What Makes a 'Good' Exhibition Catalogue?

I think there are certain things one should expect from an exhibition catalogue. It should mention and describe every item on display. It should explain each item's significance, both to the subject and within the exhibit itself. It should draw a larger narrative from the exhibit; provide a text for the modern. Finally, there should be lots of nice pictures. Franz A.J. Szabo does all of these admirably in Legacy of Empire, then he goes one further.

Legacy of Empire, Bruce Peel Special Collection's display of "[t]reasures of the University of Alberta's Central European Library Collection," draws primarily from two important collections. In response to the Council of Trent, "the Provincial Council of the ecclesiastical principality of Salzburg established an Archiepiscopal Seminary (Erzbischofliches Priesterseminar zu Salzburg)" At that time, the Priesterseminar Library was founded "with books contributed from the private library of the Archbishop." Holdings ballooned to 1,330 volumes by 1641, under the "dynamic but mercurial Wolf Dietrich von Raitenau". Over 50% of the titles in the final collection are dated before 1800.

The display's second major source, "[t]he Leseverin Collection consists of what remained of the private library of the Juridicial-Political Reading Club of Vienna when the decision was made to sell it". (1969) Szabo has interesting insights into the changing membership of the reading club, as well as the focus of the library, from its founding in 1841. Formally opened just six years before the Revolutions of 1848, the Leseverin is an important primary source for its intellectual origins. Also of note are the many (130+) periodicals, "often containing complete runs of serials difficult to find elsewhere - even in Austria."

Not all catalogues tell you all this. Some I've read simply say, Books from the Somebody Collection, and it's up to you to figure out who or what that is. That's a shame, because I enjoy the collecting as much as the collection. Where Szabo goes one better is by describing the fortuitous circumstances which led to the Salzburg and Leseverin Collections coming half-way around the world to Edmonton. People with passions, an expanding university, and perhaps above all, the available funding to jump on those "once in a lifetime opportunities" all played a part in a fascinating story.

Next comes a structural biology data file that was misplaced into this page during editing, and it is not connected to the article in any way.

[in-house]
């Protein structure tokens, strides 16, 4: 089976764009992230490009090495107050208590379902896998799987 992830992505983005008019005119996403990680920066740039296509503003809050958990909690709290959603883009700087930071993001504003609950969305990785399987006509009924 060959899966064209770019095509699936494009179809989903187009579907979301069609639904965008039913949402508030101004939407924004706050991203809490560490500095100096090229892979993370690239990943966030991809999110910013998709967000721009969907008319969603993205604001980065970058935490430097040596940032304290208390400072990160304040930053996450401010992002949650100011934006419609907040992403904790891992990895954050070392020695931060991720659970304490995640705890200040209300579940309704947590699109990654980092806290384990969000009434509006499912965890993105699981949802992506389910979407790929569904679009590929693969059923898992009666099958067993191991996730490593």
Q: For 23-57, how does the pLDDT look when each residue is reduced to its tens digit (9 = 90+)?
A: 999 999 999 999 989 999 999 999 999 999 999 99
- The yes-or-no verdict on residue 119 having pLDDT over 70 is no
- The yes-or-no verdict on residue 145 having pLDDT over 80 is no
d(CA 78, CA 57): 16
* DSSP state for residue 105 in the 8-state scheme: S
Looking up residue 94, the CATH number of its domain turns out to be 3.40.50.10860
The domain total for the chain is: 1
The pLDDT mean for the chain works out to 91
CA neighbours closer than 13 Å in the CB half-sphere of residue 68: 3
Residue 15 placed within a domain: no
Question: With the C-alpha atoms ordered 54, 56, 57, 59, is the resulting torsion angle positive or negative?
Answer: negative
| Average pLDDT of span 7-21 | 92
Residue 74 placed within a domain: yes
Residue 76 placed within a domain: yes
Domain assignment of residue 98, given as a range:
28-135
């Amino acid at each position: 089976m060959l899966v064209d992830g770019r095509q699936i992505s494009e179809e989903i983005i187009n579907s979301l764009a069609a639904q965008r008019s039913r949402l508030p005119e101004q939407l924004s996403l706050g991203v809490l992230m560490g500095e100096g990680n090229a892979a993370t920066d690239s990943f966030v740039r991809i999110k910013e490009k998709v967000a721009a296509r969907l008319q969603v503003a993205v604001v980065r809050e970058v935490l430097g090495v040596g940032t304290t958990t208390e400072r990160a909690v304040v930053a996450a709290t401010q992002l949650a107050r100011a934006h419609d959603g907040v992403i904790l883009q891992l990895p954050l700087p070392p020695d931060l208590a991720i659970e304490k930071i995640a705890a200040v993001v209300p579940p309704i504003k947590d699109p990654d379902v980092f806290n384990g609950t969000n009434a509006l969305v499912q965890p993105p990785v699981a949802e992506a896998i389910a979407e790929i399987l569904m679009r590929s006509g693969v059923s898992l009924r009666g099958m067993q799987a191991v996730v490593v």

Szabo explains that the current holdings of the University of Alberta's Central European Library Collection have built on each other. The acquisition of the Salzburg Collection led to the purchase of the Leseverin. This core led "engaged professors" in the field to bring in other items, while private donations rounded out the collection. The William C. Wonders Map Collection also launched an aggressive purchase plan of Central European items, driven by the "tenacious efforts and Austrophilic enthusiasms of the late Ron Whinstance-Smith, former map-curator." These, in turn, became "a critical factor in the 1997 decision of the Austrian government to award an important incentive package to the University for the establishment in 1998 of the Canadian Centre for Austrian and Central European Studies...",1 The Legacy of Empire exhibit marks the 10th anniversary of that event.

The catalogue then, goes well beyond a simple list of the exhibition items. Szabo appears intimately familiar with these works and weaves their individual and cumulative histories together with the people who brought them together.


 1Renamed The Wirth Institue for Austrian and Central European Studies following an endowment by Dr. Manfred and Dr. Alfred Wirth.

All quotes and page numbers (and most of the rest of the info in this entry) are from:
Szabo, Franz A. J. Legacy of Empire: Treasures of the University of Alberta's Central European Library Collection. (Edmonton: U. of Alberta P., 2008) Soft cover. 8 x 10 1/2" 60p. 35+ colour illus. + colour folding map on inner front cover. ISBN 978-1-55195-235-2 $25 Available through bpsc(at)library.ualberta.ca